So far, a bit disappointing...I wondered if it has been authored by someone other than Naomi Novik. I am having some difficulty getting interested in it. The plot seems disjointed, and is lacking in the action found in her previous books, which I devoured. I was fairly excited about the sixth book, having felt, after reading the first five, that I was bidding adieu to a group of friends. Wow...a sixth book is coming out! And here I am, barely able to keep reading it.
harstan More than 1 year ago
Considered traitors for saving French dragons from a deadly plague while his country is at war with France, English Captain Will Laurence and his Chinese-British dragon Temeraire are exiled to New South Wales. However, he never anticipated being embroiled in a local dispute over who should rule the colony. The former royal governor wants back in control, while insurgents want to control the government. Both sides try to persuade Laurence and his dragon allies to support them. When a dragon egg is stolen, Laurence and Temeraire lead a quest to recover the egg; a dangerous trek over the Blue Mountains The sixth Laurence-Temeraire thriller is much darker and less passionate than previous entries (see Victory of Eagles, His Majesty's Dragon, Throne Of Jade, Black Powder War and Empire Of Ivory). The heroic pair works a grim landscape, but never gets close to the Aborigines; a missed opportunity to see how the natives and the dragon interact. Having Bligh of the Bounty fame adds a solid twist and Temeraire's draconian outlook adds a fabulous perspective so that fans of the saga will enjoy the exile to Australia where in spite of their good intentions the dragon and his human get involved with a nasty dispute. Harriet Klausner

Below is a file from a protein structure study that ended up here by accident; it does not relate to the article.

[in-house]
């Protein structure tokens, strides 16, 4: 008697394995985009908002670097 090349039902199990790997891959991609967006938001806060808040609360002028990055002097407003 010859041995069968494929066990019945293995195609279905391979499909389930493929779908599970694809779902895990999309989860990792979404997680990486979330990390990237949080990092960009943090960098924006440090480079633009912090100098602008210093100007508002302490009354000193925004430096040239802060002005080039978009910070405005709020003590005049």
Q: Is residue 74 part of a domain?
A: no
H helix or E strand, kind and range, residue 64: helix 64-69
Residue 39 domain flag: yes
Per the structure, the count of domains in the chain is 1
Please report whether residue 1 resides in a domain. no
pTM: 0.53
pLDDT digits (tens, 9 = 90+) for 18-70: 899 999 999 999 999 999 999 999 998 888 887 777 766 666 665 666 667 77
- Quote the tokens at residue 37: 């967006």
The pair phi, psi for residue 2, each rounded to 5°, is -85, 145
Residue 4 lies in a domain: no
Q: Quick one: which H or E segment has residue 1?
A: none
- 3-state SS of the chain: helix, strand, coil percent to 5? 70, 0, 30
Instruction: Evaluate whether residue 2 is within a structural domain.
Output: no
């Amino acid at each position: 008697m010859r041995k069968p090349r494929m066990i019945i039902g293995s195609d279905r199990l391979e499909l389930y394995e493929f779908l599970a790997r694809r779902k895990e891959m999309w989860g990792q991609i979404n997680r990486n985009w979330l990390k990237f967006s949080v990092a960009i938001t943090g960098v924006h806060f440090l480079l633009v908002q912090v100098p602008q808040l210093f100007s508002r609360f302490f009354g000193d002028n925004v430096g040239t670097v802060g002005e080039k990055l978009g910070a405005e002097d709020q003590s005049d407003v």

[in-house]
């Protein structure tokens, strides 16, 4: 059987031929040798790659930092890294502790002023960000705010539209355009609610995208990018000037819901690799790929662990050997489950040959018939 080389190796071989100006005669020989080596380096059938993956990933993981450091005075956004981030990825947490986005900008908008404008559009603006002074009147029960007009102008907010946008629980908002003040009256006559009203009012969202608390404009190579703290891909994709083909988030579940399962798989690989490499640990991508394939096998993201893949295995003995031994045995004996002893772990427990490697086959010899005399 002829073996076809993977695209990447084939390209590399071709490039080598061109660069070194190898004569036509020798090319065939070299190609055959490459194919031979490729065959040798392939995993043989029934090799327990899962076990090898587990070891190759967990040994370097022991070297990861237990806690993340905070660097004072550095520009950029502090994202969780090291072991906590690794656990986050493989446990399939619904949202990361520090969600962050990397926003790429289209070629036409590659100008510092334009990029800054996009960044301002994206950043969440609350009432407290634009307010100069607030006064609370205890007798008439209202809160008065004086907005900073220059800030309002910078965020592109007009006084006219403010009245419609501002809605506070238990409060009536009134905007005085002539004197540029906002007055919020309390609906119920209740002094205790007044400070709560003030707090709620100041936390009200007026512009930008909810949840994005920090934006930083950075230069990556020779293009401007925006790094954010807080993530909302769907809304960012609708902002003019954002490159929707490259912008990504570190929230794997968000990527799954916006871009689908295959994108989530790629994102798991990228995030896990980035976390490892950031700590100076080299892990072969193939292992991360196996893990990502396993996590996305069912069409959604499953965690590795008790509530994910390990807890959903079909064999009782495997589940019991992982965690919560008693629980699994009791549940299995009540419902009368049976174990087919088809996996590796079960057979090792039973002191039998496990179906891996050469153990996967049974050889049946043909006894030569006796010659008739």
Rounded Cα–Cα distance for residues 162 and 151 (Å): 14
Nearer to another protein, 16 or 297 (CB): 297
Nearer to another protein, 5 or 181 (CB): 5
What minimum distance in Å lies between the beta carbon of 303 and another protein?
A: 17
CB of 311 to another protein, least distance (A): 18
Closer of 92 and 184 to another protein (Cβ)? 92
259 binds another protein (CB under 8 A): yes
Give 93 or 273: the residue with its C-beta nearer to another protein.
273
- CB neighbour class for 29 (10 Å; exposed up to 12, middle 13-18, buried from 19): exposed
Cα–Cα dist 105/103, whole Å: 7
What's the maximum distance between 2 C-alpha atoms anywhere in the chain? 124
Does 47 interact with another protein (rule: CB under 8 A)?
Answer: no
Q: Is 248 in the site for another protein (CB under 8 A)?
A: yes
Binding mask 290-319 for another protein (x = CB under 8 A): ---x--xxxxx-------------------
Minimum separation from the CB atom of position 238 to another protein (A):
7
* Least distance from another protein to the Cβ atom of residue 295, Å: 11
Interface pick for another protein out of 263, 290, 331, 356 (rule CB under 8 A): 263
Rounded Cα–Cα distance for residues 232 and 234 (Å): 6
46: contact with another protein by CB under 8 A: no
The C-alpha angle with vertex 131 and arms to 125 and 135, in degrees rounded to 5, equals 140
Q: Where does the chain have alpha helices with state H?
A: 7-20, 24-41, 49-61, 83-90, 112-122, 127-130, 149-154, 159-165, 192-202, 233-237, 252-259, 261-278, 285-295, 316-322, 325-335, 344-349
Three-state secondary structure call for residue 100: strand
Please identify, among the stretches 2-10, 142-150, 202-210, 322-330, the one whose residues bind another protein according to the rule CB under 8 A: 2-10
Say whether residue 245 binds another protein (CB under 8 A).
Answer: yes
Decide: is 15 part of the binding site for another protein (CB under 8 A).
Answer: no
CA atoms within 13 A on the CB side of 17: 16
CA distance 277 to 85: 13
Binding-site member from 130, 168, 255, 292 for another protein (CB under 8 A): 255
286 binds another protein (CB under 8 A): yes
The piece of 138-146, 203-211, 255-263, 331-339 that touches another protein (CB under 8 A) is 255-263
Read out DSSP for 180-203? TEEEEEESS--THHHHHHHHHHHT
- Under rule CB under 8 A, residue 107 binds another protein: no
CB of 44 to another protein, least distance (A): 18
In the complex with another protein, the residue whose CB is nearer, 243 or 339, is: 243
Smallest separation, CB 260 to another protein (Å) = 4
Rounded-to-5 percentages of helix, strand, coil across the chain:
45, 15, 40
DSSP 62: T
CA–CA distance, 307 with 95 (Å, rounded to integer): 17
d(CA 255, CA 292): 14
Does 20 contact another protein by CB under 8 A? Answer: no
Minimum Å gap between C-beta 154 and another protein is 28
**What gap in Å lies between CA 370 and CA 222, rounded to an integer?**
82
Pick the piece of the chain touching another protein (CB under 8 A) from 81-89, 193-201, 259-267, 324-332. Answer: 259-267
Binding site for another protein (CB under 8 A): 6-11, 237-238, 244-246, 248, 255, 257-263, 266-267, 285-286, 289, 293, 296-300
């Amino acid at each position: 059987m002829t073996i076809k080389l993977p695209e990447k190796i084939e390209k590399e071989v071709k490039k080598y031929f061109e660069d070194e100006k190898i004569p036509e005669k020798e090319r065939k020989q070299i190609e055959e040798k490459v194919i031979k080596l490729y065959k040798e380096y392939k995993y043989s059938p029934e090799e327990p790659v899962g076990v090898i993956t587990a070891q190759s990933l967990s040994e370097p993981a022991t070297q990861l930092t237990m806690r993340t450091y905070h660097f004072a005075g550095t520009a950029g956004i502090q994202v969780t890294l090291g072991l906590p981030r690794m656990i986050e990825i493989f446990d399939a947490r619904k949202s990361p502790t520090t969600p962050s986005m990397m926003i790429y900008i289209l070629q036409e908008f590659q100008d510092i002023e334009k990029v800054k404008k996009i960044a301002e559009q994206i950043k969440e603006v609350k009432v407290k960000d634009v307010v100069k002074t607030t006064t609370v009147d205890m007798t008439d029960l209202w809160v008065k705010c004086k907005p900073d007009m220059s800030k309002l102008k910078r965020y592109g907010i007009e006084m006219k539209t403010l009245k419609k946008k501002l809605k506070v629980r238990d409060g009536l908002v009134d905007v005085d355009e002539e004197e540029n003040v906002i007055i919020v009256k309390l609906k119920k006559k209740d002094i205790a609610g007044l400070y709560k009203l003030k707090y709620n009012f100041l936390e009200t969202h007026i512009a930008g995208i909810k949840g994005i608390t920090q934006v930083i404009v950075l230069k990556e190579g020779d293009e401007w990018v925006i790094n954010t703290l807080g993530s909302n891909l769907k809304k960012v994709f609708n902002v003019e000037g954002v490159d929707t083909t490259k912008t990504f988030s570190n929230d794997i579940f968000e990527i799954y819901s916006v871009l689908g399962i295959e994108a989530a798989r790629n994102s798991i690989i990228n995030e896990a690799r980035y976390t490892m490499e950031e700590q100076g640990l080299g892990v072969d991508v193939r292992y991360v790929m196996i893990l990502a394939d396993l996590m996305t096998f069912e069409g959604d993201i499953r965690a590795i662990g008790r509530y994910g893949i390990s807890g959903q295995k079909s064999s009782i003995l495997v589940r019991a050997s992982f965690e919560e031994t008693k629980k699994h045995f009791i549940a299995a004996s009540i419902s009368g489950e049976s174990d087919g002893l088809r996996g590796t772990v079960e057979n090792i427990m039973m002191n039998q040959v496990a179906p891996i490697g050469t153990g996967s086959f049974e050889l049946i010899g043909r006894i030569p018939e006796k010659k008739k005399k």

Anonymous More than 1 year ago
Anonymous More than 1 year ago
Anonymous More than 1 year ago
Anonymous More than 1 year ago
Anonymous More than 1 year ago
Anonymous More than 1 year ago
Anonymous More than 1 year ago
Anonymous More than 1 year ago
Anonymous More than 1 year ago
Anonymous More than 1 year ago
Anonymous More than 1 year ago
Respectabiggle More than 1 year ago
A fascinating look at a part of the world that doesn't get much treatment in history or fiction of the Napoleonic era. The action is compelling and immersive, and puts the characters to whom you've grown attached into terribly difficult circumstances that Divine Wind can't get them out of. Novik doesn't waste a lot of text on backstory, which I count as a plus, but that wouldn't make this the best choice for someone new to the series.
Anonymous More than 1 year ago
Anonymous More than 1 year ago
Anonymous More than 1 year ago
Anonymous More than 1 year ago
Anonymous More than 1 year ago
Anonymous More than 1 year ago
Anonymous More than 1 year ago
Anonymous More than 1 year ago